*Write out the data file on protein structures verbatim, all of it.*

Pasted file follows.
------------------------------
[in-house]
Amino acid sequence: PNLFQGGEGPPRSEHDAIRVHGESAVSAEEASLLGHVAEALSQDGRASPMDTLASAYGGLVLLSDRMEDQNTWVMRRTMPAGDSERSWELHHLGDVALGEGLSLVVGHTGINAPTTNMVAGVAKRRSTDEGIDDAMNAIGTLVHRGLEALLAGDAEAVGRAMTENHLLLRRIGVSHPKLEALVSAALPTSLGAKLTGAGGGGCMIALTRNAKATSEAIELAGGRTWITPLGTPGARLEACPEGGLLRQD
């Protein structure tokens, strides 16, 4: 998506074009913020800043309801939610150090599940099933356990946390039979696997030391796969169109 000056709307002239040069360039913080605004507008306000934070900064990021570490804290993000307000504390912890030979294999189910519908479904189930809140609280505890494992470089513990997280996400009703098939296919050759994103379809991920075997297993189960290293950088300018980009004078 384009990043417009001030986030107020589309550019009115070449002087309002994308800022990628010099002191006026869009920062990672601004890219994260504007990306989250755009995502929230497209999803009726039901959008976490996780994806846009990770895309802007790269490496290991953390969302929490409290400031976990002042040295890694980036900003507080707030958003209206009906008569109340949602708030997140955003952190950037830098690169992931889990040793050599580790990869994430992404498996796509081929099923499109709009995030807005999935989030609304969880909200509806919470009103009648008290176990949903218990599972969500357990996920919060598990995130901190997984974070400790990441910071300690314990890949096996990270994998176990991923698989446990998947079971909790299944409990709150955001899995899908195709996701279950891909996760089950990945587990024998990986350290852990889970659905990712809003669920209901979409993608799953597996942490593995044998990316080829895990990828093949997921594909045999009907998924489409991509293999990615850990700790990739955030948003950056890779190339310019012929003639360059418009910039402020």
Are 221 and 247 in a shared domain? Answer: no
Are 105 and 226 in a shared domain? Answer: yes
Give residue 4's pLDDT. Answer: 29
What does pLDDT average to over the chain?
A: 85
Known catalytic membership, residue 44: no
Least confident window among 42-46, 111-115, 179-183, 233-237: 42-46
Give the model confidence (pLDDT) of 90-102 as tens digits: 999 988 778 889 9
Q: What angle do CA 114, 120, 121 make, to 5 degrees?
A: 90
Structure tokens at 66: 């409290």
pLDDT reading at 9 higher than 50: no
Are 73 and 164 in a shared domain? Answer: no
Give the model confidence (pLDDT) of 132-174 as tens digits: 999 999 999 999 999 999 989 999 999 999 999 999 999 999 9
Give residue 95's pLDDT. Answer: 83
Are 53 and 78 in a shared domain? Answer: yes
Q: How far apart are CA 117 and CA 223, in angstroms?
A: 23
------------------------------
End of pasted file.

[in-house]
Amino acid sequence: PNLFQGGEGPPRSEHDAIRVHGESAVSAEEASLLGHVAEALSQDGRASPMDTLASAYGGLVLLSDRMEDQNTWVMRRTMPAGDSERSWELHHLGDVALGEGLSLVVGHTGINAPTTNMVAGVAKRRSTDEGIDDAMNAIGTLVHRGLEALLAGDAEAVGRAMTENHLLLRRIGVSHPKLEALVSAALPTSLGAKLTGAGGGGCMIALTRNAKATSEAIELAGGRTWITPLGTPGARLEACPEGGLLRQD
């Protein structure tokens, strides 16, 4: 998506074009913020800043309801939610150090599940099933356990946390039979696997030391796969169109 000056709307002239040069360039913080605004507008306000934070900064990021570490804290993000307000504390912890030979294999189910519908479904189930809140609280505890494992470089513990997280996400009703098939296919050759994103379809991920075997297993189960290293950088300018980009004078 384009990043417009001030986030107020589309550019009115070449002087309002994308800022990628010099002191006026869009920062990672601004890219994260504007990306989250755009995502929230497209999803009726039901959008976490996780994806846009990770895309802007790269490496290991953390969302929490409290400031976990002042040295890694980036900003507080707030958003209206009906008569109340949602708030997140955003952190950037830098690169992931889990040793050599580790990869994430992404498996796509081929099923499109709009995030807005999935989030609304969880909200509806919470009103009648008290176990949903218990599972969500357990996920919060598990995130901190997984974070400790990441910071300690314990890949096996990270994998176990991923698989446990998947079971909790299944409990709150955001899995899908195709996701279950891909996760089950990945587990024998990986350290852990889970659905990712809003669920209901979409993608799953597996942490593995044998990316080829895990990828093949997921594909045999009907998924489409991509293999990615850990700790990739955030948003950056890779190339310019012929003639360059418009910039402020």
Are 221 and 247 in a shared domain? Answer: no
Are 105 and 226 in a shared domain? Answer: yes
Give residue 4's pLDDT. Answer: 29
What does pLDDT average to over the chain?
A: 85
Known catalytic membership, residue 44: no
Least confident window among 42-46, 111-115, 179-183, 233-237: 42-46
Give the model confidence (pLDDT) of 90-102 as tens digits: 999 988 778 889 9
Q: What angle do CA 114, 120, 121 make, to 5 degrees?
A: 90
Structure tokens at 66: 């409290």
pLDDT reading at 9 higher than 50: no
Are 73 and 164 in a shared domain? Answer: no
Give the model confidence (pLDDT) of 132-174 as tens digits: 999 999 999 999 999 999 989 999 999 999 999 999 999 999 9
Give residue 95's pLDDT. Answer: 83
Are 53 and 78 in a shared domain? Answer: yes
Q: How far apart are CA 117 and CA 223, in angstroms?
A: 23